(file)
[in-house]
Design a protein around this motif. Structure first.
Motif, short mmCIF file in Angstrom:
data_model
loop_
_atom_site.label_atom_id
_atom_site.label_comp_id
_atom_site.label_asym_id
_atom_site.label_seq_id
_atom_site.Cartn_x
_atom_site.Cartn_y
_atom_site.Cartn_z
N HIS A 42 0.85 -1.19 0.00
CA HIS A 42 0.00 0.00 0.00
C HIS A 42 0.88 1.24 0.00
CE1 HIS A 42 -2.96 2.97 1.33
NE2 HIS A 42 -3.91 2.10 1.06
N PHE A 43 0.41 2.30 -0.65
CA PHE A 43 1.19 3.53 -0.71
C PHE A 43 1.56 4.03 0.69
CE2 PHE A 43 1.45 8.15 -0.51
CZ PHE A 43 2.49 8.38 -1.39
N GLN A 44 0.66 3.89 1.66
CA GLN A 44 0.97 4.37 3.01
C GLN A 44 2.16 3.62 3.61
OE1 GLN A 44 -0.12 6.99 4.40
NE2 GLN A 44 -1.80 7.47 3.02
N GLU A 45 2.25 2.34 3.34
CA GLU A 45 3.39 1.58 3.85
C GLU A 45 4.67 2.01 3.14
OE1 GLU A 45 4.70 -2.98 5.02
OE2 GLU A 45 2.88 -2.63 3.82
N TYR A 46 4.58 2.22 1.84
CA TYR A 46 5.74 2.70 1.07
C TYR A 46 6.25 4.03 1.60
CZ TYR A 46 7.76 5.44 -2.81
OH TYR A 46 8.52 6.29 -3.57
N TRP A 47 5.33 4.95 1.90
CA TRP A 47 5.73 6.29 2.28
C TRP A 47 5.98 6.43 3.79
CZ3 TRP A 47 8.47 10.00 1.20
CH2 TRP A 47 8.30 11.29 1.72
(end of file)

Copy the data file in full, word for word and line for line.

[in-house]
Design a protein around this motif. Structure first.
Motif, short mmCIF file in Angstrom:
data_model
loop_
_atom_site.label_atom_id
_atom_site.label_comp_id
_atom_site.label_asym_id
_atom_site.label_seq_id
_atom_site.Cartn_x
_atom_site.Cartn_y
_atom_site.Cartn_z
N HIS A 42 0.85 -1.19 0.00
CA HIS A 42 0.00 0.00 0.00
C HIS A 42 0.88 1.24 0.00
CE1 HIS A 42 -2.96 2.97 1.33
NE2 HIS A 42 -3.91 2.10 1.06
N PHE A 43 0.41 2.30 -0.65
CA PHE A 43 1.19 3.53 -0.71
C PHE A 43 1.56 4.03 0.69
CE2 PHE A 43 1.45 8.15 -0.51
CZ PHE A 43 2.49 8.38 -1.39
N GLN A 44 0.66 3.89 1.66
CA GLN A 44 0.97 4.37 3.01
C GLN A 44 2.16 3.62 3.61
OE1 GLN A 44 -0.12 6.99 4.40
NE2 GLN A 44 -1.80 7.47 3.02
N GLU A 45 2.25 2.34 3.34
CA GLU A 45 3.39 1.58 3.85
C GLU A 45 4.67 2.01 3.14
OE1 GLU A 45 4.70 -2.98 5.02
OE2 GLU A 45 2.88 -2.63 3.82
N TYR A 46 4.58 2.22 1.84
CA TYR A 46 5.74 2.70 1.07
C TYR A 46 6.25 4.03 1.60
CZ TYR A 46 7.76 5.44 -2.81
OH TYR A 46 8.52 6.29 -3.57
N TRP A 47 5.33 4.95 1.90
CA TRP A 47 5.73 6.29 2.28
C TRP A 47 5.98 6.43 3.79
CZ3 TRP A 47 8.47 10.00 1.20
CH2 TRP A 47 8.30 11.29 1.72